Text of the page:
Usually, this sequencing constraint may require slightly more inventory to cover the increased inflexibility (see my post Why Do We Have Inventory?). While this is not often talked about, having a fixed pattern usually requires slightly more inventory to cover any unforeseen circumstances.
On the other hand, however, shorter changeover times may allow you to changeover more often (See my post What to Do with SMED: Reduce Lot Size or Increase Work Time?). Details again depend on the situation on your shop floor, but my but feeling is that in many cases you may need slightly less material than before.
When Things Go Wrong: Firefighting!
If there is an urgent product needed out of your predetermined sequence, you either have to wait for this product to come up again in this sequence (or the next if it is too late already). Doing it out of sequence will potentially cause higher changeover durations when changing to the urgent product.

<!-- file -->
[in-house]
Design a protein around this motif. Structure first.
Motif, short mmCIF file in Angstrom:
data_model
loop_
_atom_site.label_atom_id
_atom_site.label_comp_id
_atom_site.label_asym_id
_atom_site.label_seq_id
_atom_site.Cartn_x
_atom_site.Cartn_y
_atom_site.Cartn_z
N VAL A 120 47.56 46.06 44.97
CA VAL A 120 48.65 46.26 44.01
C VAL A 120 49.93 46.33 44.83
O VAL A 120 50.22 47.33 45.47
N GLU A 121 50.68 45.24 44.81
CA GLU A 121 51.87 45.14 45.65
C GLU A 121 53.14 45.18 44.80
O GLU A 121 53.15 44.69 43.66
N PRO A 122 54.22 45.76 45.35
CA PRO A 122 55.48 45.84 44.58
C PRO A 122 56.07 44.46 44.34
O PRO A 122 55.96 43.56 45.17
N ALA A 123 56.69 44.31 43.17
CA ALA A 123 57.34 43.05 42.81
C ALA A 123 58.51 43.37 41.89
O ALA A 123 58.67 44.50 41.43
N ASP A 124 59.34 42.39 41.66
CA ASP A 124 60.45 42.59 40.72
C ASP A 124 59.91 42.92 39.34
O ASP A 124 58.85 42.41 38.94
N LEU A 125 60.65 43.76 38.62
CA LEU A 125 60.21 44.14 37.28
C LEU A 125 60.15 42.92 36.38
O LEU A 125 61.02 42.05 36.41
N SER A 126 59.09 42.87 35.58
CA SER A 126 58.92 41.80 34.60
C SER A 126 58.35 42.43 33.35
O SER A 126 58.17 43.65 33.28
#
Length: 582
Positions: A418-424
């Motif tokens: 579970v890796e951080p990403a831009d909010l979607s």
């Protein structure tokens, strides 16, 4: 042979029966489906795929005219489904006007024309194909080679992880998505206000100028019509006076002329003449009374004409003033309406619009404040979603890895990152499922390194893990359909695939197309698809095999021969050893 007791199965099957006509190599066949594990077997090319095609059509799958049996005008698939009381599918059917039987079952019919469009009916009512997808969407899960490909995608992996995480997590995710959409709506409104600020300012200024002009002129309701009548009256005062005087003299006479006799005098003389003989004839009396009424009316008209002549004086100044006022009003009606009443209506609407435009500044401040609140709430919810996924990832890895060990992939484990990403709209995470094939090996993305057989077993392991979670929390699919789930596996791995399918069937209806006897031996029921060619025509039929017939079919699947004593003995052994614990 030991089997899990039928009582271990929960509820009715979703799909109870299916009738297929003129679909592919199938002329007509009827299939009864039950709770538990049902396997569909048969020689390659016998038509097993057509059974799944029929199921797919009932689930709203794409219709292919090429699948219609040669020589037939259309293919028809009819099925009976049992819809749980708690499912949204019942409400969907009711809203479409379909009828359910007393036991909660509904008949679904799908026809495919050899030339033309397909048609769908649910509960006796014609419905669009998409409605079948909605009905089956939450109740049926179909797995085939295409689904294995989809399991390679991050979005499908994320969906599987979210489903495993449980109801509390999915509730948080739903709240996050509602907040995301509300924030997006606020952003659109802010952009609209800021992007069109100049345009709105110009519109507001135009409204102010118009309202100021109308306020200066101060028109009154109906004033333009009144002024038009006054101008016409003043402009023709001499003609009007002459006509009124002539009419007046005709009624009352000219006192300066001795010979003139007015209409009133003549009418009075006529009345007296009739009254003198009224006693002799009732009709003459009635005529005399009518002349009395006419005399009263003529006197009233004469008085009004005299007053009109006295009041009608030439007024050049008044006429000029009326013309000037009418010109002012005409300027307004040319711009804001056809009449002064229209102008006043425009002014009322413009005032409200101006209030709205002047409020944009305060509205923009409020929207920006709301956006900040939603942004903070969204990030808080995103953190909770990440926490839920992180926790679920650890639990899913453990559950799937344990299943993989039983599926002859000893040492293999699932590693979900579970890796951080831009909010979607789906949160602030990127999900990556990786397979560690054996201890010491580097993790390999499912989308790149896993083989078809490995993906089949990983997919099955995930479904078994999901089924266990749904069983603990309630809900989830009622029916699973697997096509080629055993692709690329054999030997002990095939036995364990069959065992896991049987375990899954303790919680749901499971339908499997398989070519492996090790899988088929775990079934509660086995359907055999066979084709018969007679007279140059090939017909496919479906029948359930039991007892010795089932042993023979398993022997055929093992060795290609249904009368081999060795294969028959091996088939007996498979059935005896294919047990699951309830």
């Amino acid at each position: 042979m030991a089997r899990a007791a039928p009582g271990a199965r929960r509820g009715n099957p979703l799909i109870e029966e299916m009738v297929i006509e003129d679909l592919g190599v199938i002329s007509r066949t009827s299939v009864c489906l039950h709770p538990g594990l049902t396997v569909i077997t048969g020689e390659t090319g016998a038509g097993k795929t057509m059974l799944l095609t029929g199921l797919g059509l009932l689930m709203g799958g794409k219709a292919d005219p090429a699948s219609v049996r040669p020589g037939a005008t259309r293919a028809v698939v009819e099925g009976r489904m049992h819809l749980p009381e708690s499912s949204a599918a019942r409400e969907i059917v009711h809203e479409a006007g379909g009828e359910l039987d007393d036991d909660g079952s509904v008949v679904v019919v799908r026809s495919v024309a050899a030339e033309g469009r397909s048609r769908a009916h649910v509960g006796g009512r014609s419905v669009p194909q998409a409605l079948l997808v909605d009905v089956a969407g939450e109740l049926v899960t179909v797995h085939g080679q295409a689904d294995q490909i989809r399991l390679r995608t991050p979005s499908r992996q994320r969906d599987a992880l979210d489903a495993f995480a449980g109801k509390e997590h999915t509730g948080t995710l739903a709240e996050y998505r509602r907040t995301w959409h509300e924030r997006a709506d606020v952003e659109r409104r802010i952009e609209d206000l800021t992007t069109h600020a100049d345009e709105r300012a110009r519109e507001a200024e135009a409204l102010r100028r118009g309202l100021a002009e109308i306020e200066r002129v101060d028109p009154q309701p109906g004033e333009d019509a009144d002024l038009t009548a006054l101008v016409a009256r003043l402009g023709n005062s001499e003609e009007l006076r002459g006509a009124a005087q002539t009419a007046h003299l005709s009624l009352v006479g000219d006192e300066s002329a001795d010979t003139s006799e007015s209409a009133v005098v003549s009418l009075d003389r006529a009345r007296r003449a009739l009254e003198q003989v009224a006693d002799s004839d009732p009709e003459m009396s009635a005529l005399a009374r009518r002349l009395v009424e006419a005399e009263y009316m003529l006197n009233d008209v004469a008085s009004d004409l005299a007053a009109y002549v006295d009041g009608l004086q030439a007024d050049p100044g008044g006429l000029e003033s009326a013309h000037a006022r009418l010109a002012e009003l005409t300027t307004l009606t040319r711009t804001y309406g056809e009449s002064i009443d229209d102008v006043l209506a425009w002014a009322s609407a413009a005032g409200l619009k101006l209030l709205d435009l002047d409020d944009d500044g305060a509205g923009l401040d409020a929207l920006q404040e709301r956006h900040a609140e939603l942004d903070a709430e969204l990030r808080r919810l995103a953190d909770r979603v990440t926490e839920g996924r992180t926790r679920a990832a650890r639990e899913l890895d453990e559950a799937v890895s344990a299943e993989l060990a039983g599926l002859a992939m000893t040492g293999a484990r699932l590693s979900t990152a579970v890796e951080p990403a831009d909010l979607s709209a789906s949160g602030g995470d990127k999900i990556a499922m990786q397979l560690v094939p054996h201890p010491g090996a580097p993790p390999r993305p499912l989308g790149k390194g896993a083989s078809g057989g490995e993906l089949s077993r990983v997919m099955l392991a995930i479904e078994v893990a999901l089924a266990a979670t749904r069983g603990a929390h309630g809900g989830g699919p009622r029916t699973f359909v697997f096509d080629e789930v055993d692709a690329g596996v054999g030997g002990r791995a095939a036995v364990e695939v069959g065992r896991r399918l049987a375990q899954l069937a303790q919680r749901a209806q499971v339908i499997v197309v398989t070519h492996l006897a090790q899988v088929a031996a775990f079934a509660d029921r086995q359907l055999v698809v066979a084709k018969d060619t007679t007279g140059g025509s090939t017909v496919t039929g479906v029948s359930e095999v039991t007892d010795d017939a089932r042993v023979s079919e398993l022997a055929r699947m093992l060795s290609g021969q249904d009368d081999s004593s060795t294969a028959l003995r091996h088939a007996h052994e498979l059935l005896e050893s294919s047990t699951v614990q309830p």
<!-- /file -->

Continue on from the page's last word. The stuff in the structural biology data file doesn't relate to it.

Additionally, you may have higher changeover durations afterward too, when you change back to the next product in normal sequence. Yet, this second longer changeover is usually better than completely rescheduling all the upcoming production to match the new point in the sequence. The details again depend on the situation on your shop floor.
Well, this was the first of this two-post series on changeover sequencing (out of a more or less accidental five-post series on changeovers). You should now understand why changeovers differ depending on the sequence, and their impact on flexibility. In my next post I will show you how to approach such an optimization. There will be the all-encompassing but unwieldy changeover matrix, which will give a much easier to use and practical changeover sequence or wheel. Until then, stay tuned, enjoy some ice cream, and organize your industry!
2 thoughts on “Changeover Sequencing – Part 1”
Very good point on fire fighting. I have never seen a factory where a “perfect” production plan sequence would last for longer than 2 weeks without interruption.
I actually haven’t even seen a plant where the sequence lasted even two weeks. In my experience the average is less than three days 🙂